The Diavel is unlike a Ducati, brawny and macho. Stretched and low, its double parabola headlight swoops into tapered alluminuium alloy handlebars. Panels flow with smooth lines, visible as the alluminium headlight shroud meets similarly alloy and brush-finished air scoops. Colossal in pictures, this power cruiser isn’t all that intimidating in the flesh.
As on the Multistrada, electronic ignition allows the key to remain in your pocket. The Diavel instruments are read via a pair of displays. The humongous tank has deep grooves. Like most Ducati’s, both flanks flaunt trellis frame sections. The pillion footrests fold out and the grab handle is also retractable. The Diavel ends in a broad, cropped, somewhat bland tail.
This Devil comes with a warm blooded, 1198.4cc, four-stroke, L-twin Ducati Testastretta heart. It’s a four-valve per cylinder, Desmodromic powerplant based on the 1198, major revision being reduction of valve overlap from 41 to 11 degrees. You get 162bhp at 9500rpm.
A pair of radiators keeps the Diavel engine cool. The Diavel comes with a six-speed gearbox, shifting in one-down, five-up pattern. Feel at the gear shift pedal is heavy, but precise. Throttle feel benefits Ride by Wire (RbW).
Three engine maps regulate Diavel power delivery depending on your riding mode. There’s 162hp with a scalpel edged, sporty feel in Sport mode. Then you get 162hp, albeit with progressive delivery and slightly higher Ducati Traction Control (DTC) assist in Touring. And finally, Urban where 100bhp is output with soft manners and DTC works hardest. As on the Multistrada, you can toggle riding modes ‘on-the-fly.’ The Diavel accelerates like a brute, shooting off the blocks with drag bike intent, breezing through its fat spread of mid-range power with violent force and pushing remarkably hard towards the limiter at high revs. Ducati claim 0-100kph in 2.57 seconds.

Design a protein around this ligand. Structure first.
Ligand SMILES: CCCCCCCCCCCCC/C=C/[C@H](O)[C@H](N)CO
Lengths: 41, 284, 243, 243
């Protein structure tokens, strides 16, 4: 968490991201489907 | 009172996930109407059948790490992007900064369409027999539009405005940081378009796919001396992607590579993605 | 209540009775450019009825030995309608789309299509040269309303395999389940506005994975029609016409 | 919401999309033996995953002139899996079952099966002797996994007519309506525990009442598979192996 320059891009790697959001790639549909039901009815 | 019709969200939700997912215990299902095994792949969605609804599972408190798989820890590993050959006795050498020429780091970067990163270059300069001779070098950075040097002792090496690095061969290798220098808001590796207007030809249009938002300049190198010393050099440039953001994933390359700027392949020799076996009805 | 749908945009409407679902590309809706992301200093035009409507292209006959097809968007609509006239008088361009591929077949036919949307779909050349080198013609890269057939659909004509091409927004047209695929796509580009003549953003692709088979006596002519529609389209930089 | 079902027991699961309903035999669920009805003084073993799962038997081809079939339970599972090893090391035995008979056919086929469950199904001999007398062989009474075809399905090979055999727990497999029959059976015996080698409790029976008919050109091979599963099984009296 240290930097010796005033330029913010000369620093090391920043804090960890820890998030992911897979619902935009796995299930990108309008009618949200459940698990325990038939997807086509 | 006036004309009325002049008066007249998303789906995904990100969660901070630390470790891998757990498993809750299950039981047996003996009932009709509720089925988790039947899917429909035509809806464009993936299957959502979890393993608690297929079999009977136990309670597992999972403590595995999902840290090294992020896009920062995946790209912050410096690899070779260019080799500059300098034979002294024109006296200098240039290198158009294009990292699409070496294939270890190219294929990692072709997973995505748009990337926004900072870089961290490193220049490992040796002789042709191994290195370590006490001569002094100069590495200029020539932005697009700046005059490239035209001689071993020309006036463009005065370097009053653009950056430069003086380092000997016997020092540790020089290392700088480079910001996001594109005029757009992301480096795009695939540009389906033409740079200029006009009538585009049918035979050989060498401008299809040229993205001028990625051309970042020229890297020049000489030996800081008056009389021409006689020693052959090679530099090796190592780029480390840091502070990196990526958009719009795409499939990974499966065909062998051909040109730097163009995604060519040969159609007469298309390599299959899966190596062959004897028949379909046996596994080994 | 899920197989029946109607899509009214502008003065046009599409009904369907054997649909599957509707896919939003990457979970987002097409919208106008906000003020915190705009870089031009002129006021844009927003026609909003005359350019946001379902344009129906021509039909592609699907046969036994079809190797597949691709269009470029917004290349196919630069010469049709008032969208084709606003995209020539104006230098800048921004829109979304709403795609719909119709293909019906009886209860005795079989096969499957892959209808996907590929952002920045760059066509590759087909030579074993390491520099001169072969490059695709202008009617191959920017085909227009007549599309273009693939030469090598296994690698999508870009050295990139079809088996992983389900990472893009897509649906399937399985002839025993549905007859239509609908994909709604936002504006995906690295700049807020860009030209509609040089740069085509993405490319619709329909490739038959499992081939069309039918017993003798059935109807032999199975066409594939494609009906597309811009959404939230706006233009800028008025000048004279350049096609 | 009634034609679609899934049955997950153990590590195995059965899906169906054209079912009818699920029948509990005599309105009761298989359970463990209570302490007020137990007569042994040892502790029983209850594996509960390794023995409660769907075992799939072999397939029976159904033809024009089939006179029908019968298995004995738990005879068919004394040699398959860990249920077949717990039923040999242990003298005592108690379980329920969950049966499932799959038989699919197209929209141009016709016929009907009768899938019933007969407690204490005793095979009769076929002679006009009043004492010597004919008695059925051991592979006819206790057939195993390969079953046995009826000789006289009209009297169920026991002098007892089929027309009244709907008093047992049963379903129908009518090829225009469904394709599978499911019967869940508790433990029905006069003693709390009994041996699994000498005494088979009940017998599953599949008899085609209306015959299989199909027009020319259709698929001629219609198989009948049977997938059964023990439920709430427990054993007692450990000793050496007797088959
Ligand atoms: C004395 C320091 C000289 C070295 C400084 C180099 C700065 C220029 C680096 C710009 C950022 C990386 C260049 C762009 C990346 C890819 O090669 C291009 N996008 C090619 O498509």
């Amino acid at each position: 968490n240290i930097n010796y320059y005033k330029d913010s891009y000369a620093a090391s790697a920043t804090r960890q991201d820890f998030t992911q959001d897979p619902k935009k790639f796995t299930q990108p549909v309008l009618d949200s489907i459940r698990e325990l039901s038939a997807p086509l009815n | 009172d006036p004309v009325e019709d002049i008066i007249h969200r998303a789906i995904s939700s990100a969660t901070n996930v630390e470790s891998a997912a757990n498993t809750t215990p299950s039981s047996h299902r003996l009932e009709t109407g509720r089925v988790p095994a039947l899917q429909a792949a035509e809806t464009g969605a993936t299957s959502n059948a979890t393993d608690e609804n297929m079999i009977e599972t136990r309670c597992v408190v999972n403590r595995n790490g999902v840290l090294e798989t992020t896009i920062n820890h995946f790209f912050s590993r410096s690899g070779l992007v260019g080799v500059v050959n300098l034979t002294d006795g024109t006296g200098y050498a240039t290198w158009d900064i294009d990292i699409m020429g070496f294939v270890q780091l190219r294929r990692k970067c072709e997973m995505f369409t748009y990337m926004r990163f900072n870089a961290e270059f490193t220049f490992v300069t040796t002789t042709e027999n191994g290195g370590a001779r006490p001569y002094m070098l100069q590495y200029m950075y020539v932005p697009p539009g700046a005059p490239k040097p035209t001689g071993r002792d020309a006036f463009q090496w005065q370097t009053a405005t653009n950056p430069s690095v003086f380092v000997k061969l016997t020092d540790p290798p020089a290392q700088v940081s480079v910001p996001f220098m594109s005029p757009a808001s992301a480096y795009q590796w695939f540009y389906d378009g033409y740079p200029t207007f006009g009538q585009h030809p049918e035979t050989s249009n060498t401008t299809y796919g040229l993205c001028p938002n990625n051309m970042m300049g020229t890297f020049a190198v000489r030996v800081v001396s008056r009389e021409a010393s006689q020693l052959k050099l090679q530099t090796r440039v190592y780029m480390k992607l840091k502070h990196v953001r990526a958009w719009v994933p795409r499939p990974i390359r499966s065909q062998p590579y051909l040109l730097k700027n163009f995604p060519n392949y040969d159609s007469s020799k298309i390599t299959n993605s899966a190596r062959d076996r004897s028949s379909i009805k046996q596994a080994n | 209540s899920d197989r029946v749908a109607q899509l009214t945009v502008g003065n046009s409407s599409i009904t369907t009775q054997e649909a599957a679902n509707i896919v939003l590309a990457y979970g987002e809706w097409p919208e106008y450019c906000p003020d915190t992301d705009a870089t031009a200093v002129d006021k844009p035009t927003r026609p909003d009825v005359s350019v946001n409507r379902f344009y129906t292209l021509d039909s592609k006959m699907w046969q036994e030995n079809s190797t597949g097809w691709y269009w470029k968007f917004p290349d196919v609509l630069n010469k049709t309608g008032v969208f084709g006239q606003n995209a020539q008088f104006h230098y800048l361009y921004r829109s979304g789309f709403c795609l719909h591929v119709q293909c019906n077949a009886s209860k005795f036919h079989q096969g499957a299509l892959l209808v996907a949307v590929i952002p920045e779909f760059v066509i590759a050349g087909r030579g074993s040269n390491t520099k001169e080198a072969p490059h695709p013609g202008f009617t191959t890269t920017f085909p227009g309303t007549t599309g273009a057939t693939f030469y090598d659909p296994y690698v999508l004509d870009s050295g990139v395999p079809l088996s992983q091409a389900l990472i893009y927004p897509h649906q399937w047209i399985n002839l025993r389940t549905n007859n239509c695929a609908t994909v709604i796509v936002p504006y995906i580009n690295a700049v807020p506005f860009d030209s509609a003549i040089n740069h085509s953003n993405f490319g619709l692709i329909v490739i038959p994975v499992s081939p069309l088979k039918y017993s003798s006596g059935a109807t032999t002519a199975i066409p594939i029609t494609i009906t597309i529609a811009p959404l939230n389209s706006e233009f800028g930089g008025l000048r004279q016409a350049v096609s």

As on most Ducati’, the L-twin blasts out an electrifying, loud engine note. The engine runs vibe free with ample performance to match the fastest production motorcycles made today.
The Diavel’s Trellis frame spine uses tubular steel, as well as dual alloy sections that meet a rear sub-frame. The riding position is upright, this big motorcycle feeling relatively light. While still no ideal motorcycle for urban Indian traffic, a Diavel is capable of stitching up corners with confidence. The rear tyre is ultra wide, bi-compound, with a hard center patch keeping mileage and wear in check. The powerful brakes are ABS enabled.
The lightning quick Diavel feels anything, but the heavy, power cruiser it looks. No, the latest Ducati doesn’t handle like a nimble sportsbike, but it can still give many an able motorcycle a run for its money.
Redefining power cruisers and raising the bar, the Diavel offers soul in a motorcycle that proves European bike manufacturers are finally making bikes to match, if not better their Japanese rivals. There’s a lot more to the Diavel. Read our full story in Autocar India March 2011, on stands across India now.